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Before I began reading Janaki Lenin’s delightful collection of essays, Every Creature Has A Story, I didn’t know that spiders salivate during sex. I didn’t know that chimpanzees can mourn. And I certainly didn’t know that as far as birds are concerned, good singers also make great fathers. Well, I will hold up my dorsal fin and say that before reading this book, I didn’t know much about anything regarding the animal kingdom at all.

Lenin’s book is a collection of science columns about birds, beasts and insects that she wrote over a few years for The Wire. But unlike most such collections, which do little more than feed a columnist’s ego, I am extremely glad that Lenin’s book exists. In large part, this is because the essays aren’t about her, but about the animals she’s writing about, and she writes about them with a great deal of charm. In her introduction, the wildlife writer, film-maker and conservationist says that while writing her pieces, she read up research papers and spoke to scientists. This rigour is evident, not just in the stories she tells but also in the detailed bibliography of the research Lenin consulted.

Every Creature Has A Story—What Science Reveals About Animal Behaviour: By Janaki Lenin, HarperCollins India, 296 pages,  <span class='webrupee'>₹</span>599.
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Every Creature Has A Story—What Science Reveals About Animal Behaviour: By Janaki Lenin, HarperCollins India, 296 pages, 599.


The other reason this book succeeds is the brevity of the 50 essays. None of them overstays their welcome, and Lenin writes about the unique traits of her subjects with a lightness of touch that communicates the wonder and joy of these alien-seeming creatures. Nor do the essays venture into laments about the animals in terms of habitat degradation or other forms of detrimental human interference. This allows the reader the simple joy of being amazed at the sheer diversity of animals with which we share this planet.

The fact that the book is so good at communicating Lenin’s own sense of love for, and wonder of, the wild seems apt because the overarching theme of the essays is about how animals communicate. If humans believe they are somehow special because they can hide behind a complex semiotic web of vocalized linguistic symbols, this book certainly puts them in their place. For animals have a wide range of means of communication to draw on: As the first essay in the book depicts, one of these can be through song.

Male nightingales have a stunning repertoire of over 180 songs. The older the bird and the bigger the repertoire, the more desirable he is to a female nightingale. Why? Because a bird that has the dedication and stamina to sing is a bird that can be counted upon to bring those same qualities to raising the young.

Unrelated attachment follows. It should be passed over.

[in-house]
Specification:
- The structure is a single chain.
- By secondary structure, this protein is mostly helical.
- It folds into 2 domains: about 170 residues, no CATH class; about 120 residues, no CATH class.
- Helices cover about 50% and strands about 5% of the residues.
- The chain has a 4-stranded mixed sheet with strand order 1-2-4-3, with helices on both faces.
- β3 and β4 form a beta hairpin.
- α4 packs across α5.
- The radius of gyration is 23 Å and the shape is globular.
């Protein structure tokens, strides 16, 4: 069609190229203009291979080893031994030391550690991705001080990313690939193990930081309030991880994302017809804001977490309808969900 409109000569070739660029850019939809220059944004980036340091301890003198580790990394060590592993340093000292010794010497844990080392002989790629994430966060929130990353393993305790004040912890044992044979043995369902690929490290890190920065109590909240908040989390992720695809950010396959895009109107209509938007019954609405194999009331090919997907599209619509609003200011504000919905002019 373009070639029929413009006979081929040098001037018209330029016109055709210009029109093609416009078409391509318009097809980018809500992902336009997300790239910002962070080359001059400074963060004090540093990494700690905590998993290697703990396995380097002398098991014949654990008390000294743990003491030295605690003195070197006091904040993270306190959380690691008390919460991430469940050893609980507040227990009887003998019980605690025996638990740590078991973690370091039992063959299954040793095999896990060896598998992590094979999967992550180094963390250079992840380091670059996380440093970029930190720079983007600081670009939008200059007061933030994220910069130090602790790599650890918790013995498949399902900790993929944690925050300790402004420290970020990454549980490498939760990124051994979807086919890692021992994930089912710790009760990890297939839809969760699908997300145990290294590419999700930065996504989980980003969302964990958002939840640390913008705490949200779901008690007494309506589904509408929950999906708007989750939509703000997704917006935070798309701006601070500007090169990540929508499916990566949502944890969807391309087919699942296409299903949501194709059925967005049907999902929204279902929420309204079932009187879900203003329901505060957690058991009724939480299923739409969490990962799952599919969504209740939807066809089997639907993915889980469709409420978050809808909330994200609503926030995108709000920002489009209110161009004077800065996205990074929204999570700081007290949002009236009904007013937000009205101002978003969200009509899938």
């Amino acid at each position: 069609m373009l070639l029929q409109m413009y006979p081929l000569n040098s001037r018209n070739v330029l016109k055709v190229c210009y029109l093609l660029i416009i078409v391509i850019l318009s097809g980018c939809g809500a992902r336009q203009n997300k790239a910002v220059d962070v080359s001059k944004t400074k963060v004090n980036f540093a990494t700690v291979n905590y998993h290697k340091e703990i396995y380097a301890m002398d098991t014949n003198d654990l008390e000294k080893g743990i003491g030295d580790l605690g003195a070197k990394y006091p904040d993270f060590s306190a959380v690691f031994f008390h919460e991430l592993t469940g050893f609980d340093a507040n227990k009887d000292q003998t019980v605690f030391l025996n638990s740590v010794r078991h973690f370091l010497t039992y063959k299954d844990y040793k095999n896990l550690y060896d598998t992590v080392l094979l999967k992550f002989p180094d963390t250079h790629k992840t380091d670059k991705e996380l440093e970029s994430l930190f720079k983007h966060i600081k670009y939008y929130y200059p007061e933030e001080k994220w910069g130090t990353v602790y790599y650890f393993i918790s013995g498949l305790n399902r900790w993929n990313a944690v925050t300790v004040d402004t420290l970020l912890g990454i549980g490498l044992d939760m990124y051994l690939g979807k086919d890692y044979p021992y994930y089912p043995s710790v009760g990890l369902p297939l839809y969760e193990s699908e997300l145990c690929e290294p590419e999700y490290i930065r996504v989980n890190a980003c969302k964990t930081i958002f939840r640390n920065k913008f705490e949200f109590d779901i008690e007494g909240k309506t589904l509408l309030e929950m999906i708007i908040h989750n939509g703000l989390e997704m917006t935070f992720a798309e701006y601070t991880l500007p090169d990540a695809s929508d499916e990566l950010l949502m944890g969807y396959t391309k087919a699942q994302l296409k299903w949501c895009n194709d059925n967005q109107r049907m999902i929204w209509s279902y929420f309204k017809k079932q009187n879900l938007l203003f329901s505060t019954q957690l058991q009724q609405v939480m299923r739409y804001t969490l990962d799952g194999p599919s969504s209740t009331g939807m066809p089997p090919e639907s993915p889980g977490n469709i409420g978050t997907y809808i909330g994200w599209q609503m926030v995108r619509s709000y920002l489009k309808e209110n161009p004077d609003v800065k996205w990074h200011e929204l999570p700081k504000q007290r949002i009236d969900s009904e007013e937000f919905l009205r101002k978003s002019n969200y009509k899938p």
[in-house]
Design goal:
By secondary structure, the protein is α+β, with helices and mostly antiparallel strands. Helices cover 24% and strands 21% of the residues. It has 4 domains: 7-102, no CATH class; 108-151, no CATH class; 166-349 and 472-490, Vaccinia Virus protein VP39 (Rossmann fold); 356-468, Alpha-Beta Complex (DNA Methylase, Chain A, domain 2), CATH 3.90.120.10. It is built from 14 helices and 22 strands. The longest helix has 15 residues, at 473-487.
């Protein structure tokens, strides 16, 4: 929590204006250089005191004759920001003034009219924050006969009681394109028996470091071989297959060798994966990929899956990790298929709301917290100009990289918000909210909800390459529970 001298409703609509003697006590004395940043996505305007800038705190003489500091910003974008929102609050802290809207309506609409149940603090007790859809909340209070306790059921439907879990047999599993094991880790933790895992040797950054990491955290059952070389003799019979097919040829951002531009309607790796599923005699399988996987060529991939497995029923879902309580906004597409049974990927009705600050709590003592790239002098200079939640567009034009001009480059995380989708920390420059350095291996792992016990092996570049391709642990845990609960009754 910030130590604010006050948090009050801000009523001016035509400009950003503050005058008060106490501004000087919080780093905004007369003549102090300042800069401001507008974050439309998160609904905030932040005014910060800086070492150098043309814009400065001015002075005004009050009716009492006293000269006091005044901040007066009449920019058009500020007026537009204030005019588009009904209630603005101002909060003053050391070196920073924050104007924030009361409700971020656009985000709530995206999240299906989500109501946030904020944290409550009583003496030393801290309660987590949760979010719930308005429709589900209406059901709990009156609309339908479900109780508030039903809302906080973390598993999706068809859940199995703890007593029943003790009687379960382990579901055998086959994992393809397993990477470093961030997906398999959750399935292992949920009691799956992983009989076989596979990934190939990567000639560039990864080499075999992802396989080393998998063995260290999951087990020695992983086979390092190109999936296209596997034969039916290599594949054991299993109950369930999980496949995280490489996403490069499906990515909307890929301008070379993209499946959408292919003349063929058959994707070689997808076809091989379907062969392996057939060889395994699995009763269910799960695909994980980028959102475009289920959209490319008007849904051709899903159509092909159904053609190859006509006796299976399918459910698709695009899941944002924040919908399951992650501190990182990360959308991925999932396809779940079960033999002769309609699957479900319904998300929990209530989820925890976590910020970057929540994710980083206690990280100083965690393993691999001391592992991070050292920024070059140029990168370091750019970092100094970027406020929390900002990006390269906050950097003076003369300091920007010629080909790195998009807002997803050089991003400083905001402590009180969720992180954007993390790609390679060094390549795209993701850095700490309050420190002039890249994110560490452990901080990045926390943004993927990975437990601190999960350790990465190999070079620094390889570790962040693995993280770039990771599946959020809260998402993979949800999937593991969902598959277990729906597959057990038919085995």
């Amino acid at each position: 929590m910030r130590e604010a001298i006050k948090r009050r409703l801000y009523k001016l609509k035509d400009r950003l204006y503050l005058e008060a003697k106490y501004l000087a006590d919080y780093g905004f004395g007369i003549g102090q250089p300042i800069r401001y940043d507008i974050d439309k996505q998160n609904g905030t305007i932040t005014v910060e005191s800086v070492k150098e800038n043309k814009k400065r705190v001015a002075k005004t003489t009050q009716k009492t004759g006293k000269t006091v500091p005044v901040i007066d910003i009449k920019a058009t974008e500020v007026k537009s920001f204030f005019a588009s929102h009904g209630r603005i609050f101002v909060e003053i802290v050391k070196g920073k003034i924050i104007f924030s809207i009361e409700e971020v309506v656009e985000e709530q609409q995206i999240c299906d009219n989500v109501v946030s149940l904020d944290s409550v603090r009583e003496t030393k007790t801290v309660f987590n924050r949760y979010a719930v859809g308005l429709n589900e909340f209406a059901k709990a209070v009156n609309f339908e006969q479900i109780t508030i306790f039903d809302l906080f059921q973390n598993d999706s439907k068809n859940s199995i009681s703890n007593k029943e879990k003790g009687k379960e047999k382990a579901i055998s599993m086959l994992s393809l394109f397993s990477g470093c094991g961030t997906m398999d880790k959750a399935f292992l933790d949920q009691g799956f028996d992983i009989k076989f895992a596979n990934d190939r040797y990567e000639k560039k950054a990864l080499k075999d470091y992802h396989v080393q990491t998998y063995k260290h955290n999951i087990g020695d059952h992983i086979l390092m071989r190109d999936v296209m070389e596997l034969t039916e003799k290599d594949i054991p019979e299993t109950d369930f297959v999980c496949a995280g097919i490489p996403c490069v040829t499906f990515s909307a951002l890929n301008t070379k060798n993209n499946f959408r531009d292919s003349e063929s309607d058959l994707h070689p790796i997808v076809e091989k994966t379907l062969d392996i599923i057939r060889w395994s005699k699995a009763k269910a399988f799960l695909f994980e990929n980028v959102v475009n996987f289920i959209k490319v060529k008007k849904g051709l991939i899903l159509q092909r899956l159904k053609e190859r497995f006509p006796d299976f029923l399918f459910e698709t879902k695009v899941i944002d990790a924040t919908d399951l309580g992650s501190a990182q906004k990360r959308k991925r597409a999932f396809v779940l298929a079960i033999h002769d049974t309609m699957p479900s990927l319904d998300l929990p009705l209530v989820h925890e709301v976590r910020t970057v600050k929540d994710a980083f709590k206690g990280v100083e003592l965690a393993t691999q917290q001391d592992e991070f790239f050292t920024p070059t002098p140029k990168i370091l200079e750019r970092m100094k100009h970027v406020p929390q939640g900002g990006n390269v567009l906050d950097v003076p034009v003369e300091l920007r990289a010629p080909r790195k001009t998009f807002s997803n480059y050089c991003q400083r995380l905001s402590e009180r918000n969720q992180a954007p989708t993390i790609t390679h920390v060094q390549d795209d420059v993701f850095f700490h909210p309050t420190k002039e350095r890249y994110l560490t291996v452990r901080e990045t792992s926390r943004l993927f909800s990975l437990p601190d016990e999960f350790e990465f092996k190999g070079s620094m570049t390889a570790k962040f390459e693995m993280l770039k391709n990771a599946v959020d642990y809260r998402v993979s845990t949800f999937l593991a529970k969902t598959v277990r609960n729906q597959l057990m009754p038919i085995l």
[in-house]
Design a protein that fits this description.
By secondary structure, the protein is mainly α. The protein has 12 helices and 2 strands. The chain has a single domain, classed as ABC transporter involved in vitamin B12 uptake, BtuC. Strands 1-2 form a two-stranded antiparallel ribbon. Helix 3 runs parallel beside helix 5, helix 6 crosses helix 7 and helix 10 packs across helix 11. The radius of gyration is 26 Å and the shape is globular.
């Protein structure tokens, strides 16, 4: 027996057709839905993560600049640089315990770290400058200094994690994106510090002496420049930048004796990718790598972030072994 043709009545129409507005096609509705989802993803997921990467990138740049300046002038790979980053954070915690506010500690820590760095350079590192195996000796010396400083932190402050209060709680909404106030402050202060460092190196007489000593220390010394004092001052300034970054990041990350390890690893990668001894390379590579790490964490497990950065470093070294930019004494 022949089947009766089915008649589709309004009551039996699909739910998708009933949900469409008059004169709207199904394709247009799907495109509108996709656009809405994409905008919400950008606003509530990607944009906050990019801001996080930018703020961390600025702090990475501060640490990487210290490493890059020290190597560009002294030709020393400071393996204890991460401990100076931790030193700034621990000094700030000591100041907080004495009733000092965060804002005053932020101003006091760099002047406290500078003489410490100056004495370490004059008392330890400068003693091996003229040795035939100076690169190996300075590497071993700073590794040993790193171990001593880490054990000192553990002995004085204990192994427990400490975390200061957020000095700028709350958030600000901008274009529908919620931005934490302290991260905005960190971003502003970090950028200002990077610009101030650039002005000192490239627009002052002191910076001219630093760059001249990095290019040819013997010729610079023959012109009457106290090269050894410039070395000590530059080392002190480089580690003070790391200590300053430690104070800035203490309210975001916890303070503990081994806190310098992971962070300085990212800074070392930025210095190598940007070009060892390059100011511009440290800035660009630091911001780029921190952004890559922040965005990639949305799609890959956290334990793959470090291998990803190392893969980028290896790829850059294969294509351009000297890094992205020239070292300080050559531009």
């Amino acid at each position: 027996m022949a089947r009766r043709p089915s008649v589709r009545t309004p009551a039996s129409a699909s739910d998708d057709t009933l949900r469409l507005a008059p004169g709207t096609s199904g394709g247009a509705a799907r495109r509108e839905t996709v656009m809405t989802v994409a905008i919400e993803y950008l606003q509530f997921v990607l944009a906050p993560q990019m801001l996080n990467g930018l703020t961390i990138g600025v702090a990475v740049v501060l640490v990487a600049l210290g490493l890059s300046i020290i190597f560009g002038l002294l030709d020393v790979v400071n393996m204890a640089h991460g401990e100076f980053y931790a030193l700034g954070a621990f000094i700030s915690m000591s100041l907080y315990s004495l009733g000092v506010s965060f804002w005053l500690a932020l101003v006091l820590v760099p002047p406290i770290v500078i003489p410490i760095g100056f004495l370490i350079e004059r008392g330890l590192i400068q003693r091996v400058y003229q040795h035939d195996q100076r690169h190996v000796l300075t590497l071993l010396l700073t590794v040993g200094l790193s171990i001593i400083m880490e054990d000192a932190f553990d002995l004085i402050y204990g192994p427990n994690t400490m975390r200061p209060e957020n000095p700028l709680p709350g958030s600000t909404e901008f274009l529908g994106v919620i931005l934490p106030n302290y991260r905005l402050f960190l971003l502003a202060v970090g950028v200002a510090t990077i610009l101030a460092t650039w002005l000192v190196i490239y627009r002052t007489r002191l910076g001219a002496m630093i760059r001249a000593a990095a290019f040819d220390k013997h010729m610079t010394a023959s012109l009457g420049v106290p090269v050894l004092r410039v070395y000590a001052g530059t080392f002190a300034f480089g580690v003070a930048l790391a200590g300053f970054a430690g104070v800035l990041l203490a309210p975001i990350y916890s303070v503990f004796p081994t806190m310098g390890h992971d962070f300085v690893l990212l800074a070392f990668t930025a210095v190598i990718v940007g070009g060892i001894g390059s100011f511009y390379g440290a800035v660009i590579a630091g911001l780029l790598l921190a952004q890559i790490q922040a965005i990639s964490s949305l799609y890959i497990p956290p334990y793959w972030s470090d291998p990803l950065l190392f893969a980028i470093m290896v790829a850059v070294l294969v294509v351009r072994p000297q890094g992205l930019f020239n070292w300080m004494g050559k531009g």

In another essay, Lenin tries to answer an intriguing question: Can primates—our genetic cousins—mourn their dead? Drawing upon research findings and speaking with some of the scientists involved, Lenin indicates, with haunting examples, that it could be so. But then again, the subtext of this and all the other essays is just how unknowable all animals are to human beings. The sundering of homo sapiens from the natural order is so complete, and has been that way for so long, that much of the knowledge that was once probably a part of human heritage needs to be learnt anew, through laboratory experiments.

I was reminded of the science fiction novel,The Abolition Of Species, by German writer Dietmar Dath. In the book, following a cataclysm caused by human hubris, human civilization has been replaced by an animal one: a tenuous but fascinatingly new world order peopled by sophisticated birds and beasts and insects of all stripes, communicating through a world wide web of smells and other gestures—a language that has absolutely nothing to do with something as “primitive" as the spoken or written word.

Much like the sneezing of wild dogs. In Lenin’s book, this is a vital act that functions as a form of consensus-building mechanism in a pack. Waking up from sleep, a pack must decide if it would like to laze some more, or go on a hunt. The dogs get together and enact a series of communicative gestures, the most important of these being sneezing. It’s democracy of sorts, though one that is manipulated to adhere to what the alpha of the pack wants. The decision ultimately comes down to the number of sneezes required for a consensus.

Lenin wryly notes that the most fascinating thing about all this is finding out that dogs can count sneezes. On that note, I would give this wonderful book five sneezes out of five.

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